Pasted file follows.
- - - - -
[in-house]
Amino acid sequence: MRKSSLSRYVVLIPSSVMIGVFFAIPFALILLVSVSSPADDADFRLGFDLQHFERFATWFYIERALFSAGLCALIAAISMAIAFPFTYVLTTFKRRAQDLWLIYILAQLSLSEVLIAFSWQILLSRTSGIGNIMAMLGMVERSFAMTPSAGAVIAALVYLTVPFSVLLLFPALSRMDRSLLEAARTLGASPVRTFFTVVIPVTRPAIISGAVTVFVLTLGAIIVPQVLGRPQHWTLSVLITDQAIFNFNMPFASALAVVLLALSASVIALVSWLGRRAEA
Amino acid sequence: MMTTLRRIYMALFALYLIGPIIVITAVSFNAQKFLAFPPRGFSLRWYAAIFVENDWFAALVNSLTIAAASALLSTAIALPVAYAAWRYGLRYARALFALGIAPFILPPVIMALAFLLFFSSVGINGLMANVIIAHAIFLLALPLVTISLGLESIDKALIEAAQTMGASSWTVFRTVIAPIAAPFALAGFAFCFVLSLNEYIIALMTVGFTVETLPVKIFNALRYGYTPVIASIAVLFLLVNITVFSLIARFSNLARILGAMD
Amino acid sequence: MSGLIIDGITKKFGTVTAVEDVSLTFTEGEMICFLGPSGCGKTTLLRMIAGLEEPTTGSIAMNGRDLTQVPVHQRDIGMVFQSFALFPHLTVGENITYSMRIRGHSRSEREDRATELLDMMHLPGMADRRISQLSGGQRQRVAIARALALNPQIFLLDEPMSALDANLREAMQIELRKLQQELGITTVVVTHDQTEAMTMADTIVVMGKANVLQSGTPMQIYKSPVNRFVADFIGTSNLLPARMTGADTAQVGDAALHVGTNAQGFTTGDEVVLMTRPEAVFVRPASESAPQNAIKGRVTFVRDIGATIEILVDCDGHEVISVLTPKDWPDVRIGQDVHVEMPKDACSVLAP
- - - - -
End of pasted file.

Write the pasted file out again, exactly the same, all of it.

[in-house]
Amino acid sequence: MRKSSLSRYVVLIPSSVMIGVFFAIPFALILLVSVSSPADDADFRLGFDLQHFERFATWFYIERALFSAGLCALIAAISMAIAFPFTYVLTTFKRRAQDLWLIYILAQLSLSEVLIAFSWQILLSRTSGIGNIMAMLGMVERSFAMTPSAGAVIAALVYLTVPFSVLLLFPALSRMDRSLLEAARTLGASPVRTFFTVVIPVTRPAIISGAVTVFVLTLGAIIVPQVLGRPQHWTLSVLITDQAIFNFNMPFASALAVVLLALSASVIALVSWLGRRAEA
Amino acid sequence: MMTTLRRIYMALFALYLIGPIIVITAVSFNAQKFLAFPPRGFSLRWYAAIFVENDWFAALVNSLTIAAASALLSTAIALPVAYAAWRYGLRYARALFALGIAPFILPPVIMALAFLLFFSSVGINGLMANVIIAHAIFLLALPLVTISLGLESIDKALIEAAQTMGASSWTVFRTVIAPIAAPFALAGFAFCFVLSLNEYIIALMTVGFTVETLPVKIFNALRYGYTPVIASIAVLFLLVNITVFSLIARFSNLARILGAMD
Amino acid sequence: MSGLIIDGITKKFGTVTAVEDVSLTFTEGEMICFLGPSGCGKTTLLRMIAGLEEPTTGSIAMNGRDLTQVPVHQRDIGMVFQSFALFPHLTVGENITYSMRIRGHSRSEREDRATELLDMMHLPGMADRRISQLSGGQRQRVAIARALALNPQIFLLDEPMSALDANLREAMQIELRKLQQELGITTVVVTHDQTEAMTMADTIVVMGKANVLQSGTPMQIYKSPVNRFVADFIGTSNLLPARMTGADTAQVGDAALHVGTNAQGFTTGDEVVLMTRPEAVFVRPASESAPQNAIKGRVTFVRDIGATIEILVDCDGHEVISVLTPKDWPDVRIGQDVHVEMPKDACSVLAP